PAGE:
February 25, 2014
Introducing the New Smart Choices Sticker.
As student enrollment at Texas Tech University continues to grow at a record pace, Hospitality Services has catered, literally, to a growing demand for healthy and dietary-specific menu options at dining locations across campus.
Registered dietitian and Texas Tech alumna Mindy Diller was brought on board in late 2013 to assist Hospitality Services with providing awareness and education for students, faculty and staff with their nutritional and dietary needs, as well as to help expand resources Texas Tech already has in place.
“For us to better serve the campus community, it just makes sense for us to have someone like Mindy in our department,” said Alan Cushman, business manager for Hospitality Services. “We’re really excited to have her in support with Executive Chef Dewey McMurrey.”
Although Texas Tech has increased its healthy food options across campus, many students, faculty and staff are unaware these options exist. Furthermore, many first-year students away from their families for the first time require assistance with healthy eating or finding campus dining options compatible with dietary restrictions.
“Our students’ top three requests are for vegetarian, gluten-free and healthy choices,” Diller said. “Right now we’re reviewing what we currently have in our kitchens and trying to determine which ones are gluten-free or vegetarian, so we can highlight those.”
Although the majority of diners currently live on campus, Cushman said the commuter dining plan is growing and more faculty and staff are looking for healthy options.
“You look across campus and you’ll find there are different communities within our campus,” Cushman said. “We definitely want to make sure the food we’re providing at each location across campus fits every community’s needs.”
Last fall, the dining facility at Horn/Knapp was reopened as a Smart Choices dining location, with an increased menu of nutritional and dietary friendly options, including yogurt-based ranch dressing, daily fresh-made hummus, salmon and made-to-order flatbread pizza.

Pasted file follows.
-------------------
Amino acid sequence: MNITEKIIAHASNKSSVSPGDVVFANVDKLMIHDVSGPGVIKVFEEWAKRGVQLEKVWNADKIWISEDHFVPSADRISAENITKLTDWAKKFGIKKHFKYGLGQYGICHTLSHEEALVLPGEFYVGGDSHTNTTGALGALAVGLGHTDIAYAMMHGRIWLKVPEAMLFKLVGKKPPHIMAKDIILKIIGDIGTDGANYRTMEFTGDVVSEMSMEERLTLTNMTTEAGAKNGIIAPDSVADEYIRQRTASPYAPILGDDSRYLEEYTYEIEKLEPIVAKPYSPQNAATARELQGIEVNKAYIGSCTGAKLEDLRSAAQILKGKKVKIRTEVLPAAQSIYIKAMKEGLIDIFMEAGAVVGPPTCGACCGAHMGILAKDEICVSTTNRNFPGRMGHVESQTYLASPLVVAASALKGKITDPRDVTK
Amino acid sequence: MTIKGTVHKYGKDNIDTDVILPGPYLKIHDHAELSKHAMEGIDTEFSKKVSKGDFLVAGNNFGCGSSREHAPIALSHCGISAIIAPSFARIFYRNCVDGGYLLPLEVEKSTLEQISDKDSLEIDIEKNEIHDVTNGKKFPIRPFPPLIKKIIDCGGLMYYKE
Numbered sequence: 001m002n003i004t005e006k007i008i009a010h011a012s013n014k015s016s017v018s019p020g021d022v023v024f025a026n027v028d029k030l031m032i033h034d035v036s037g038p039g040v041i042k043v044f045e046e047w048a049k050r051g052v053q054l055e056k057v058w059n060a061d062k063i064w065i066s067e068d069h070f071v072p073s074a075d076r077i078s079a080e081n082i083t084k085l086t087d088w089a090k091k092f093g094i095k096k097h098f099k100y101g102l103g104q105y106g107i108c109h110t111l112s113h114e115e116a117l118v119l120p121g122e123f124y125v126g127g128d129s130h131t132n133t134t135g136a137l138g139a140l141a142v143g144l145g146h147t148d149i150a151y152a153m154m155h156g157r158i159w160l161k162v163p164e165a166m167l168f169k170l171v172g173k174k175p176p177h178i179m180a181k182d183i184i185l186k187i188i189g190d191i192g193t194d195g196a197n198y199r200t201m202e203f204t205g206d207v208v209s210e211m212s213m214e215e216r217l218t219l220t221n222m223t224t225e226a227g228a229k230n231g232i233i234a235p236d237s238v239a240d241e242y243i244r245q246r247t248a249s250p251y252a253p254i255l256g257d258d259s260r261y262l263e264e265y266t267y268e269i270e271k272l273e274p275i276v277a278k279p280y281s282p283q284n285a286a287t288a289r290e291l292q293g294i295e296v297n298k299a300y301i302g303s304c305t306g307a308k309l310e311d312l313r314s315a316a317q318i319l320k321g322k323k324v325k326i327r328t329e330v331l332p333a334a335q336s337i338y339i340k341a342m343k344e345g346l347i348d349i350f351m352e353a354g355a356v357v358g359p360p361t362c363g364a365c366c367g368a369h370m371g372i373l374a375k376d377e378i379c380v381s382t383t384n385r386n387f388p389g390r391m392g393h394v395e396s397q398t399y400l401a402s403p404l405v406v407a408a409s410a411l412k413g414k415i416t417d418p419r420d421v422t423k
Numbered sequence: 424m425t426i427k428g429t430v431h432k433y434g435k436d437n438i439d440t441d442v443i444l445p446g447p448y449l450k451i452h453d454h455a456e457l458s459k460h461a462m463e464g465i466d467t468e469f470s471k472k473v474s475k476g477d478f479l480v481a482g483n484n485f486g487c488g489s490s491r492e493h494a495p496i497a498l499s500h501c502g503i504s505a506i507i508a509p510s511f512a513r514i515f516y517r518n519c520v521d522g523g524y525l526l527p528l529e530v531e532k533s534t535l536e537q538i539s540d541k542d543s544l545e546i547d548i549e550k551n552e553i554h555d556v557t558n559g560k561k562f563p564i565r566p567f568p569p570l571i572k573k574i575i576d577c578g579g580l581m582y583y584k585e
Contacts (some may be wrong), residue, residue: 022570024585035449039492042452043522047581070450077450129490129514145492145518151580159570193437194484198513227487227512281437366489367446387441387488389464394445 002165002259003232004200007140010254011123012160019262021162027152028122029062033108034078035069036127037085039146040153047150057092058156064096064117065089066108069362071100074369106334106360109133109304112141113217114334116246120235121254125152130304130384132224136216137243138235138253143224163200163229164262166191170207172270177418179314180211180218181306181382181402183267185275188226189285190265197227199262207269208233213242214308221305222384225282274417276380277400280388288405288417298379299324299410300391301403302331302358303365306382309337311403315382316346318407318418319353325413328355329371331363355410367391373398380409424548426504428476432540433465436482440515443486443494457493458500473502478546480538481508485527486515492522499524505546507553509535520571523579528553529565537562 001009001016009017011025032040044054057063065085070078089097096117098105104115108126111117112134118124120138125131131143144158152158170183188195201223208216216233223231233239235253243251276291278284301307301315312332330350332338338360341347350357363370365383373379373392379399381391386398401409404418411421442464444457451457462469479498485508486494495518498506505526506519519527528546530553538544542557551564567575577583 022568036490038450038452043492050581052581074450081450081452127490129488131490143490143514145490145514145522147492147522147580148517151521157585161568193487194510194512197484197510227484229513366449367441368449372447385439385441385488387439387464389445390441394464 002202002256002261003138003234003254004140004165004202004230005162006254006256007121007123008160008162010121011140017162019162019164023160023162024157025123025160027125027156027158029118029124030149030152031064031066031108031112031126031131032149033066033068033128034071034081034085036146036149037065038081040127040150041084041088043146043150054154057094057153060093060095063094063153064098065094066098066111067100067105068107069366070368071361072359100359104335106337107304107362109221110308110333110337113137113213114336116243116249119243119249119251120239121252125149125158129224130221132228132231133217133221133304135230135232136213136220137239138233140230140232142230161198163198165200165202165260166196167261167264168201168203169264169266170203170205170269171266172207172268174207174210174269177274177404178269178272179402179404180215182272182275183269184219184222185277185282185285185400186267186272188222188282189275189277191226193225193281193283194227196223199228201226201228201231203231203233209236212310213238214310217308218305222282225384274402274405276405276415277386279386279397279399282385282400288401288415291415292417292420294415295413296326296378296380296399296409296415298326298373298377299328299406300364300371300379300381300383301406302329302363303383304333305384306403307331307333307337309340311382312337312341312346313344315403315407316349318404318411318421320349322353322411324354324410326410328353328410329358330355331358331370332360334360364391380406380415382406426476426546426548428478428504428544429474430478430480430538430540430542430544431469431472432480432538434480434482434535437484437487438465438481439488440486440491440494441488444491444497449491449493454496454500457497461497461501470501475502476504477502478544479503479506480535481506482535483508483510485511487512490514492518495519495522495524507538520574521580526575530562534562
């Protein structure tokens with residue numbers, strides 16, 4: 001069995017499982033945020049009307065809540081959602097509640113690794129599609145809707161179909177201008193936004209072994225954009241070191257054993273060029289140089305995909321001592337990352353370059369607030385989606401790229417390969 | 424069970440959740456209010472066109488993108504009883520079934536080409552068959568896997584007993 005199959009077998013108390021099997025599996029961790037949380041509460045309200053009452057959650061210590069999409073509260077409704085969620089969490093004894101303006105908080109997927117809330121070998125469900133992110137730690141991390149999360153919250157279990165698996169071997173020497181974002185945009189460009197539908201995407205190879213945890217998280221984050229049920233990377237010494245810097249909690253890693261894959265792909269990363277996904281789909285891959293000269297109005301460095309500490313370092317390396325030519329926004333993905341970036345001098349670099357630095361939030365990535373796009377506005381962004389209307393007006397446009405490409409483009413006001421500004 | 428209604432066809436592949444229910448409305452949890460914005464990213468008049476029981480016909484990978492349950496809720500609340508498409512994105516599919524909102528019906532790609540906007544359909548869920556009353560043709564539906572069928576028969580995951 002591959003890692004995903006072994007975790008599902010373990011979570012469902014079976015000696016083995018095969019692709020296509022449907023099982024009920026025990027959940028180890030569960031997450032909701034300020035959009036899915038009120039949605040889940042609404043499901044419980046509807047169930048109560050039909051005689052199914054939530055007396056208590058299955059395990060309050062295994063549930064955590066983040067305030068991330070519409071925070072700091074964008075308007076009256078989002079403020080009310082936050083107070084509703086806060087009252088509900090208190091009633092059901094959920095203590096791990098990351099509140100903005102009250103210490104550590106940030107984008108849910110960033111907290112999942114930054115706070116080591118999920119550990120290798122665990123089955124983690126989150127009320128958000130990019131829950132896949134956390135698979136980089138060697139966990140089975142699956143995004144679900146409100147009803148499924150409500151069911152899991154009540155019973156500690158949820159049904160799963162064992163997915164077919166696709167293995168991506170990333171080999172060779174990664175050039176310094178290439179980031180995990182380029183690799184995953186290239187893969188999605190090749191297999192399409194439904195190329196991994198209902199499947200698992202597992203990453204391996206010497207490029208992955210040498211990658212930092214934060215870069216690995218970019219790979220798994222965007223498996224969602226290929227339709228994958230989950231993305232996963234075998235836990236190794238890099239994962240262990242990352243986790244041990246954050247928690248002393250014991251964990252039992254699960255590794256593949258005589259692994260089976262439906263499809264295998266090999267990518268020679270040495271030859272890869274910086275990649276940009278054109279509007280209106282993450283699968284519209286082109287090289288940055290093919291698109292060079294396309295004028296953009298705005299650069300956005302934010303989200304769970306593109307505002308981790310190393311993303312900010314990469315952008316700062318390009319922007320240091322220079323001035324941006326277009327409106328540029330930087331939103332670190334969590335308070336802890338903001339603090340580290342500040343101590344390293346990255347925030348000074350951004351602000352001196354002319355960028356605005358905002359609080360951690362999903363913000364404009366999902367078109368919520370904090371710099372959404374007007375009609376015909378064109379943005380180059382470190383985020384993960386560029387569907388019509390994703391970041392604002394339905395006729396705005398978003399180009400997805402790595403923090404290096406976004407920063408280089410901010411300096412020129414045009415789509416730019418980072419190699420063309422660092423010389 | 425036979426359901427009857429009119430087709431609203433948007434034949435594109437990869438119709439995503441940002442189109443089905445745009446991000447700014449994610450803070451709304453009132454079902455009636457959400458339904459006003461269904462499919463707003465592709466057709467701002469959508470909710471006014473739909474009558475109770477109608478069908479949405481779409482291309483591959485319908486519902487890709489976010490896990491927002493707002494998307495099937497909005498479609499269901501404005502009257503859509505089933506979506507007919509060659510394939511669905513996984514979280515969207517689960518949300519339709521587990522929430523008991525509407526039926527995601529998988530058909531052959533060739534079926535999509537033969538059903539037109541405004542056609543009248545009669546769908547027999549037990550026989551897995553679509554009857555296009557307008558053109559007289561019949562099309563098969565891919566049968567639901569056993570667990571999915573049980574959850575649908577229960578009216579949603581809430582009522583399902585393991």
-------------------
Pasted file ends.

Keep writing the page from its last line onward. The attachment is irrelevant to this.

As students make the transition to college, many find that without high school athletics or mom’s cooking, and with the added component of exam stress, weight gain is inevitable unless adjustments are made.
In addition to an expansion of healthy options in the dining facilities, Diller provides hands-on counseling sessions for students. She and the student will go into different dining locations and learn what types of cooking surfaces are safe for specific dietary restrictions or which options encourage weight loss or weight gain.
“Being independent is something that’s just part of adult growth and part of the college experience,” Diller said. “We have to learn how to be independent with our food choices just like we have to learn to be independent with taking care of our own vehicles and bank accounts. It’s just as important, not only for long-term health and success, but for success as students and in the classroom.”
Diller and McMurrey will host a series of health and nutrition demonstrations at the Student Recreation Center throughout the semester and other events, including a healthy residence hall room demonstration this week.
“Food carries well into the residence halls and their off-campus environment,” Diller said. “Teaching them to be successful no matter what environment they are in is key.”
Although dining options can accommodate faculty and staff as well as parents and visitors to campus, Hospitality Services’ primary goal is to provide students the best possible options and resources.
“We’re here to help students in their educational needs and we’re here to help them become adults; that’s a big part of what this program and component of Hospitality Services represents,” Cushman said. “We are here to help them grow, and how we’re educating them is by helping them make the right choices, not only for now but for later in life.”
More information about Hospitality Services’ Smart Choices program can be found on the Hospitality Services website.
(Click image to enlarge.)
Texas Tech’s Feed Your Body and Soul Week is Feb. 23-27 and is designed to encourage healthy attitudes toward body image and overcoming disordered eating.
A schedule of events is as follows:
Feed Your Body Fair
11 a.m.-1 p.m. Feb. 25
Student Union Building,
- CopyMail area
5:30 p.m. Feb. 26
Student Rec Center,
- Rm. 114
Movie: Do I Look Fat?
6:30 p.m. Feb. 26
Student Rec Center,
- Rm. 208
Celebration of Recovery!
7 p.m. Feb. 27
Center for the Study of Addiction & Recovery,
- Serenity Center
The Department of Hospitality Services will challenge students to become active participants in their individual learning experience by enriching each guest's experience through excellence in services, staff development, technological advancements, cutting edge facilities, sustainability, and performance.Twitter